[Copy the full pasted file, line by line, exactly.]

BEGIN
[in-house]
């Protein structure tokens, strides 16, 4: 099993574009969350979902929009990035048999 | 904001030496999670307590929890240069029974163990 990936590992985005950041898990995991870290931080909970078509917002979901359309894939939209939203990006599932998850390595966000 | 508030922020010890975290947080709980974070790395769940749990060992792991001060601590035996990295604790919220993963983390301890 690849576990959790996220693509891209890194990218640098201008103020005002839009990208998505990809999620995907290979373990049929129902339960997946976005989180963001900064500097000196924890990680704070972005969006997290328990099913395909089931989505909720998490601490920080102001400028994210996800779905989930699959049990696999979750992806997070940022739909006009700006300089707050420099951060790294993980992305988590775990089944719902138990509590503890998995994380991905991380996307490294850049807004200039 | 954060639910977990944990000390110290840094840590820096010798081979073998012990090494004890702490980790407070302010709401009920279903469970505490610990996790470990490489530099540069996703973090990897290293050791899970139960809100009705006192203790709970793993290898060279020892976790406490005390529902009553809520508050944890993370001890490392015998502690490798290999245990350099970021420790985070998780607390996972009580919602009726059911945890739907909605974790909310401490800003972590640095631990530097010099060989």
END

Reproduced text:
[in-house]
């Protein structure tokens, strides 16, 4: 099993574009969350979902929009990035048999 | 904001030496999670307590929890240069029974163990 990936590992985005950041898990995991870290931080909970078509917002979901359309894939939209939203990006599932998850390595966000 | 508030922020010890975290947080709980974070790395769940749990060992792991001060601590035996990295604790919220993963983390301890 690849576990959790996220693509891209890194990218640098201008103020005002839009990208998505990809999620995907290979373990049929129902339960997946976005989180963001900064500097000196924890990680704070972005969006997290328990099913395909089931989505909720998490601490920080102001400028994210996800779905989930699959049990696999979750992806997070940022739909006009700006300089707050420099951060790294993980992305988590775990089944719902138990509590503890998995994380991905991380996307490294850049807004200039 | 954060639910977990944990000390110290840094840590820096010798081979073998012990090494004890702490980790407070302010709401009920279903469970505490610990996790470990490489530099540069996703973090990897290293050791899970139960809100009705006192203790709970793993290898060279020892976790406490005390529902009553809520508050944890993370001890490392015998502690490798290999245990350099970021420790985070998780607390996972009580919602009726059911945890739907909605974790909310401490800003972590640095631990530097010099060989």